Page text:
Minis quit making monetary and literal sense when they ceased being mini in dimension or price. That isn't really to claim all Minis lack basic charm. Take, as an example, the Clubman. Actually, although it's the largest, most pricey automobile in Mini's schedule (leaving out the Countryman crossover), the wagonlet is our favored Mini. It has unique styling and stays clear of the rough ride high quality that pesters much of the Mini lineup, thanks in part to its longer wheelbase.
The stylish John Cooper Works bundle deciphers that allure. Where lesser Clubmans exist at the precipice of reason because of being more pricey and tighter inside compared to various other small hatchbacks as well as wagons, the JCW cruises over the edge. The expensive upgrade consists of an awesome body set, LED headlights, special 18-inch wheels, a stronger suspension, and also an extra 39 horse power as well as 22 lb-ft of torque (for total amounts of 228 and 258) for the turbocharged 2.0-liter inline-four shown to the next-rung-down Clubman S. And yet the John Cooper Works fails to introduce any type of substantial efficiency gain over the Clubman S.
Plot twist: Every JCW comes with basic four-wheel drive (All4 in Mini-speak), which adds weight. Thus, while this 3430-pound Clubman's 6.7-second zero-to-60-mph time beats the in a similar way hefty all-wheel-drive Clubman S by 0.6 second, it's 0.1 second slower than the much more economical front-drive Clubman S with the available transmission. (It's also notably off the 6.0-second pace Mini asserts for this model.) There are traditional mid-size cars that could show this Mini their taillights, and also the likewise valued Ford Focus RS, Honda Civic Type R, and Volkswagen Golf R are in between 1.5 as well as 2.1 secs quicker.
In our testing, the JCW's 0.4-inch-lower trip height and also stronger suspension do little to enhance cornering grasp. Riding on the same tires as the Clubman S models we've examined (aha!), the JCW defeat their 0.87 g of grasp around our skidpad by a simple 0.01 g. Below once again, the JCW drops well except the figures published by the warm hatches detailed above. What the suspension does alter is the Clubman's ride top quality, conveying several of the flintiness that lesser Clubmans stay clear of. The JCW's suspension is enough to draw out several of the run-flat tires' worst devils, and even our examination car's optional flexible dampers ($500) couldn't conquer the included slice over development joints as well as sidewalk splits. The dampers can, nonetheless, be called up also firmer through the Sport driving mode for those who cherish a little masochism during their morning commute. Required a lot more starch? Mini provides bigger, 19-inch wheels that-- mercifully-- just weren't fitted to this Clubman.
There are positives, though. The vehicle is enjoyable to chuck about, especially in town, where its tidy measurements and vast low-end torque make fast work of traffic jam. The dual-mode sport exhaust sounds good, uncorking a couple of stands out as well as braps from the 2.0-liter engine from time to time. There works back-seat space for two individuals, unlike in many other Minis. As well as the brake pedal runs with a pleasing suppleness, although the Brembo brakes it triggers take 171 feet to stop the JCW from 70 mph-- that's 2 feet longer than the front-drive Clubman S yet 13 feet shorter than the Clubman S All4.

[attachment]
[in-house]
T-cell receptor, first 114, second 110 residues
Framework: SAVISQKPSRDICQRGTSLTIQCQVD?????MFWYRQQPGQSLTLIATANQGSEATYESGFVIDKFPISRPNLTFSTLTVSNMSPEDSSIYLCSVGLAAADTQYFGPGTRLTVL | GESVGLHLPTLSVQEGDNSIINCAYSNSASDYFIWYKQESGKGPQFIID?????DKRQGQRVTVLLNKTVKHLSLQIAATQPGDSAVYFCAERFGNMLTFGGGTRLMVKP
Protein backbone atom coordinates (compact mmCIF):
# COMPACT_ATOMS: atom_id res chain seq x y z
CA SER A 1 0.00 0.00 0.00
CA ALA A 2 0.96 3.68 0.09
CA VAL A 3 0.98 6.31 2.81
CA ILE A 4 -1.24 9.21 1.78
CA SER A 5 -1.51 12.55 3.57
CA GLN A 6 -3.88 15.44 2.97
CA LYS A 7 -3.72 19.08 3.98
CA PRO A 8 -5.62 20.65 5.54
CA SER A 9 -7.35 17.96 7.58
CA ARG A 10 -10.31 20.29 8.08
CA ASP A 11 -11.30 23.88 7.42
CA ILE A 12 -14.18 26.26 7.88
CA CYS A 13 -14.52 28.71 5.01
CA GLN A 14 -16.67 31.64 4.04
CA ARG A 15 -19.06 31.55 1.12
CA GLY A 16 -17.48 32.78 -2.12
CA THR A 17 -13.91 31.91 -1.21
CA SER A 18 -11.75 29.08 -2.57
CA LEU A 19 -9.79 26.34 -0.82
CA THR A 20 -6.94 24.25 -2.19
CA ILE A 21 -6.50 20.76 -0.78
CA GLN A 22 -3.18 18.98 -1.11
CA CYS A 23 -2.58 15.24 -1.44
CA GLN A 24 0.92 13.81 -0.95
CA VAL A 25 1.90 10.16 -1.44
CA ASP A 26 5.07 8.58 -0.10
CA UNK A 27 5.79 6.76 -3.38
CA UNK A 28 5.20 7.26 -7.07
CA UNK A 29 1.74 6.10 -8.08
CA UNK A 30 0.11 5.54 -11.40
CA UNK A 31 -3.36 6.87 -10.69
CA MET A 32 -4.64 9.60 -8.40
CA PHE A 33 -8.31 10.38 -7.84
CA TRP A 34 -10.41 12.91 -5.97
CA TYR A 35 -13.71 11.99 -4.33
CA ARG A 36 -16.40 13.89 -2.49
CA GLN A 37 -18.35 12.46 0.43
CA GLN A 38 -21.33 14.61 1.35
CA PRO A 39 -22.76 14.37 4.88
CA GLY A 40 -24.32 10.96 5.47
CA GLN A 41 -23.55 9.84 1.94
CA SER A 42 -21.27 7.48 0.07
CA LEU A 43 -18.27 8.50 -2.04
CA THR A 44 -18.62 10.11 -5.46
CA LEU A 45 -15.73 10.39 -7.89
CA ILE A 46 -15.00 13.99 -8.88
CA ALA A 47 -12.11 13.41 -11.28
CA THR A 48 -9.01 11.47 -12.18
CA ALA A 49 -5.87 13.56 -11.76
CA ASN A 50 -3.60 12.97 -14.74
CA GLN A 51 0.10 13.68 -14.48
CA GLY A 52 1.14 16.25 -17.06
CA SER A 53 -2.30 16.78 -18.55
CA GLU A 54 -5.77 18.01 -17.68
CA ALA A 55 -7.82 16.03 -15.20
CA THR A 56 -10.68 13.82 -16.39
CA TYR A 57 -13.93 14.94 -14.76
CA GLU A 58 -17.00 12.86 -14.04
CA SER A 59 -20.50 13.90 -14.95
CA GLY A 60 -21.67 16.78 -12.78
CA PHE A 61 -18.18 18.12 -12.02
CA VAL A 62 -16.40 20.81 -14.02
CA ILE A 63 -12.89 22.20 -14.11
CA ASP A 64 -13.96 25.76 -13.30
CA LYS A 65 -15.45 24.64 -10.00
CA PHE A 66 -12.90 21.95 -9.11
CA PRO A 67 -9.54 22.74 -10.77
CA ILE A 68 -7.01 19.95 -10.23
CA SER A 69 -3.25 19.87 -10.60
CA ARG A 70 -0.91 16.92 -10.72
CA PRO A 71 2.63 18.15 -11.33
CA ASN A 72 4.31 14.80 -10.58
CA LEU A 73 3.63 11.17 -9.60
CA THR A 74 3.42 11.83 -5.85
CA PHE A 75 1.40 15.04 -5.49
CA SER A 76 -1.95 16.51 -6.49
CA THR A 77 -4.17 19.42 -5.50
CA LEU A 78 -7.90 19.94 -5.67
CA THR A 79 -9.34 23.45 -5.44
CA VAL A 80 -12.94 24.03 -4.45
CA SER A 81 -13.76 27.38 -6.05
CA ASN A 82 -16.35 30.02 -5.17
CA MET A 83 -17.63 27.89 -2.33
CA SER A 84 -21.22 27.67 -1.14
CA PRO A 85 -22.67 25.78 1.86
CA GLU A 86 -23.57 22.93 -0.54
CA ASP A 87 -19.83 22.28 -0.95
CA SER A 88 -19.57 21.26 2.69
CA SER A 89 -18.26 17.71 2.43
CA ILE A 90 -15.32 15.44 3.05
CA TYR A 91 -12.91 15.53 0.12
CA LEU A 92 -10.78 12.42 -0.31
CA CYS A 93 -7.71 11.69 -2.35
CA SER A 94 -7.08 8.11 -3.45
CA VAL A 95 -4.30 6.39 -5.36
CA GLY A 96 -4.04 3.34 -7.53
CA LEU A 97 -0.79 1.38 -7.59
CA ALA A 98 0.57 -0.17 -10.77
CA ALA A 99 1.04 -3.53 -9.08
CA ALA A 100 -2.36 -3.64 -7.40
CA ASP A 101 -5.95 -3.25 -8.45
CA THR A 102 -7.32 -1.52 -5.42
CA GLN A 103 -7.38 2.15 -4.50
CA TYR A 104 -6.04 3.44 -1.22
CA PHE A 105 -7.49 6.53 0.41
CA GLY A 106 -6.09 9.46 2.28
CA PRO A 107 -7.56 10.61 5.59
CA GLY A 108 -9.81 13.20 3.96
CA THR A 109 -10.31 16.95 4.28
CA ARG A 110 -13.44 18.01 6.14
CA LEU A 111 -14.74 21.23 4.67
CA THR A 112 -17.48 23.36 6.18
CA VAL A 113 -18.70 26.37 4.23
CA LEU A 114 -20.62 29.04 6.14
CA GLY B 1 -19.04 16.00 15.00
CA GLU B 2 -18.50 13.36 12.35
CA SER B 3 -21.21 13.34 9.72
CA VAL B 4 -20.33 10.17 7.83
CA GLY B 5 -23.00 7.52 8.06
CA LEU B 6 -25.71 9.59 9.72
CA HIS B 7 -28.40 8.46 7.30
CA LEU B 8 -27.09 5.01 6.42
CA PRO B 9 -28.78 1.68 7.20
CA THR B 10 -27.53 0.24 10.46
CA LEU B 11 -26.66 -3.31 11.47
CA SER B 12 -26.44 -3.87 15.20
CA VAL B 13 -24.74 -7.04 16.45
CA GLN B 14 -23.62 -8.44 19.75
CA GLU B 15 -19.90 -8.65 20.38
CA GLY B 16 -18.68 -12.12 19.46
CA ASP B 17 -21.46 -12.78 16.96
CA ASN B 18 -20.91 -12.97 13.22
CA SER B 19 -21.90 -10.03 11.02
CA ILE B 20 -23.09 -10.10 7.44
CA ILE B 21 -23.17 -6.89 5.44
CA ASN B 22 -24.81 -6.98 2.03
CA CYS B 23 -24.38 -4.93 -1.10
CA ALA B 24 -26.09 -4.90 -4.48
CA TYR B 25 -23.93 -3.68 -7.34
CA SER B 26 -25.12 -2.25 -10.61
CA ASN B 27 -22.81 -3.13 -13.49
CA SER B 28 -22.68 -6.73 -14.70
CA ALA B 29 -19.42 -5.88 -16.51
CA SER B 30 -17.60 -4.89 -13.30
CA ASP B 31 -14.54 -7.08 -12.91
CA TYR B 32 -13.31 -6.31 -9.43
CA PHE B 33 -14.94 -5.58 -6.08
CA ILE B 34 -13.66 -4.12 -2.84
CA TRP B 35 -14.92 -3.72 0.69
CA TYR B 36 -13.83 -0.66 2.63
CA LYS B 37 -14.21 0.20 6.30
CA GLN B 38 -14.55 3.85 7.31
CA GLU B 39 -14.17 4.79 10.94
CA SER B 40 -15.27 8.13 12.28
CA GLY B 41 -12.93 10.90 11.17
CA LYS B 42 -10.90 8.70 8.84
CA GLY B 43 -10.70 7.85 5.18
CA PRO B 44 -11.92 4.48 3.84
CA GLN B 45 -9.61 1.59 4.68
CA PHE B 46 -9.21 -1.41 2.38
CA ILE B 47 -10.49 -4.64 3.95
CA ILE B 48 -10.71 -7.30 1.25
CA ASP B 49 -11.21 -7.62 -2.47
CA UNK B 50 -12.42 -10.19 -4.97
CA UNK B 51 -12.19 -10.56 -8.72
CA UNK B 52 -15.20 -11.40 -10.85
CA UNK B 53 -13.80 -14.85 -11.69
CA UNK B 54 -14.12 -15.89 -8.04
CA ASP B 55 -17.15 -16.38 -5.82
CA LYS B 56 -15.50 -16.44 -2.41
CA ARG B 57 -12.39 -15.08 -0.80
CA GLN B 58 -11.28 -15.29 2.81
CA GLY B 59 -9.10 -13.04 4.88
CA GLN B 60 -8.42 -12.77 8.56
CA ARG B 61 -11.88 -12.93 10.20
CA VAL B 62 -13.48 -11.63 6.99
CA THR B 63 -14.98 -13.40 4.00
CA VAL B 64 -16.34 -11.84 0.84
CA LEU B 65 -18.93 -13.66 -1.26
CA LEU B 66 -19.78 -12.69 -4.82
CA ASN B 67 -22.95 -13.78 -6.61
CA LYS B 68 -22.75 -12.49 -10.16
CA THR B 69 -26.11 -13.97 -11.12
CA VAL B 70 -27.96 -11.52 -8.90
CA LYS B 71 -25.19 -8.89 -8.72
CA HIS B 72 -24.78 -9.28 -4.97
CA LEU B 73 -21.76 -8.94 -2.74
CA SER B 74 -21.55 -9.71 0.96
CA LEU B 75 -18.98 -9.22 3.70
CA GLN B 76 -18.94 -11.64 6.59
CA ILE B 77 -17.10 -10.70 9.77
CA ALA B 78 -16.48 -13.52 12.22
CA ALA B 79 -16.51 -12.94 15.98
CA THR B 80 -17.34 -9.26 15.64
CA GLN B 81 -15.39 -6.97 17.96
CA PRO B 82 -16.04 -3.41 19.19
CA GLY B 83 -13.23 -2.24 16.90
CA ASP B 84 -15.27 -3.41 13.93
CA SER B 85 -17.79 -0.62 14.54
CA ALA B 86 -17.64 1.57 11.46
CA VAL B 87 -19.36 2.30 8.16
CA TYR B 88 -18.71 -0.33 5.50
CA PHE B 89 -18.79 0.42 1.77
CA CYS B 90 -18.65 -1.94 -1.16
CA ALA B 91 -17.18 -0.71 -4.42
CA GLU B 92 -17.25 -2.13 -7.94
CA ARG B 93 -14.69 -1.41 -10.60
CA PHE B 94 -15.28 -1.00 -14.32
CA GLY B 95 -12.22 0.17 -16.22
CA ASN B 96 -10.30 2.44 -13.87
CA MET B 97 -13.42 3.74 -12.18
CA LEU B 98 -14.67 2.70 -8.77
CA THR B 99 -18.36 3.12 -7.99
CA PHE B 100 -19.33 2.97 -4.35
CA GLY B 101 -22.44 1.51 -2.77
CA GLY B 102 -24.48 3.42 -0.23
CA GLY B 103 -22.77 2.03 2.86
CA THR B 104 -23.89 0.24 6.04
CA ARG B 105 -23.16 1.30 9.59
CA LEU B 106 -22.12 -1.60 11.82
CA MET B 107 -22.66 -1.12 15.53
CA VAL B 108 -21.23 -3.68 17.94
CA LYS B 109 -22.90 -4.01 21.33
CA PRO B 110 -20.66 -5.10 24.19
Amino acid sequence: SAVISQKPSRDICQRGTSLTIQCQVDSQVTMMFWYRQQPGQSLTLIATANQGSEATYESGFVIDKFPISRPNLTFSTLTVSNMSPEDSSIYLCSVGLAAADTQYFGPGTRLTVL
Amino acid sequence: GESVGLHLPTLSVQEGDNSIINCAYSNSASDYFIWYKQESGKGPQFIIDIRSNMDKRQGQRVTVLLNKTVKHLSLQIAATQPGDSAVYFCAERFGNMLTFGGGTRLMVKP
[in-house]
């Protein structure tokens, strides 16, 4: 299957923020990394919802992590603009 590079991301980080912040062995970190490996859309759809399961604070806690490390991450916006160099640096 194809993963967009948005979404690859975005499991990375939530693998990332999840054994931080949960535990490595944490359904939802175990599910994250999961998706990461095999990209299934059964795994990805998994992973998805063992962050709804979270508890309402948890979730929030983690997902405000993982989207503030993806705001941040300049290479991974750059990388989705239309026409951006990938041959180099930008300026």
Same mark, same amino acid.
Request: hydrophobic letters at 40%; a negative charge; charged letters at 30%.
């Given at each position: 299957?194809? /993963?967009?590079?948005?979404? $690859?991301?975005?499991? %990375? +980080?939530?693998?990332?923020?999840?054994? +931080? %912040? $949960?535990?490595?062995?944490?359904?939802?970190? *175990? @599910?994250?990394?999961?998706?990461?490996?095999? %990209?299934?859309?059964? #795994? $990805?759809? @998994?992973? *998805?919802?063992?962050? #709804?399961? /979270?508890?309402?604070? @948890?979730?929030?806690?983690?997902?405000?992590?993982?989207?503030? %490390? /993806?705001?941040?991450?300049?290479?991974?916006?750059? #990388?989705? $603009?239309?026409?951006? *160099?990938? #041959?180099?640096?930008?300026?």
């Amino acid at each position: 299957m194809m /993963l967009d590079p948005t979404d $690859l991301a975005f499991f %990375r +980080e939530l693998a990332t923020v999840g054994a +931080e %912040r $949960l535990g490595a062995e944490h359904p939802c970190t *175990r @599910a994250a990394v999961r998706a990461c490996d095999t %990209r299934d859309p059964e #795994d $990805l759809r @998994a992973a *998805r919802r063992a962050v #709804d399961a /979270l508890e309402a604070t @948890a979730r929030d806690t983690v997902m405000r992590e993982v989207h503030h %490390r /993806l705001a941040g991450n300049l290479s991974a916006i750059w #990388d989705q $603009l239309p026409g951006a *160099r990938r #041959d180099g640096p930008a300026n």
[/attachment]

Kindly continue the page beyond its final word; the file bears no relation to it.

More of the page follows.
However the JCW's ands also are shown other Clubmans, leaving you doubting why this variation prices a lot. Mini opens pricing for the John Cooper Works at $35,950, which is $5650 greater than a Clubman S All4 and also $7450 greater than the quicker-accelerating front-drive Clubman S. It's also best in the thick of a triad of heavy hitters: the Focus RS, the Civic Type R, and the Golf R. Leaving several big-ticket choices on the table, our Mini stickered for $40,250 or even lacked leather upholstery (which varies from $750 to $2250). It did include $500 Melting Silver metallic paint (plus the no-cost Chili Red-- paintinged roofing and door mirrors), the $750 Cold Weather package (warmed front seats), the $2250 Technology bundle (head-up display screen, Mini Connected infomercial, navigating, as well as vehicle parking sensing units), $300 SiriusXM satellite radio, and also the aforementioned $500 adaptive suspension.
Although enjoyable enough at saner Clubman purchase prices, the inside is not specifically $40K worth of nice. It additionally struggles with a cavelike feel when spruced up in our test auto's dark color pattern and also has the exact same inane control layout-- presumably considered cheeky by its developers-- as other Minis. The major multifunction knob for the main screen is buried in between the seats, the front lights button is concealed behind the guiding wheel, as well as the little speedometer markings are reduced only by a small digital speed readout in the scale's reduced hemisphere. Oh, and also there is a row of conveniently incorrect, identically sized rocker switches over with ambiguous markings ahead of the shifter-- among which (the slightly larger red one) turns the automobile on and off.
Extremely, you can choice a Clubman John Cooper Works to the dark side of $50,000 through the $1750 automatic transmission, the $1800 Premium plan, as well as a host of tack-on customization parts. If you're still tempted-- possibly you really dig the Mini's appearances-- note that a base or S version gets you the same duds (fashionable, visibility-hindering rear barn doors and all), comparable efficiency, and a much more comfortable ride for much less.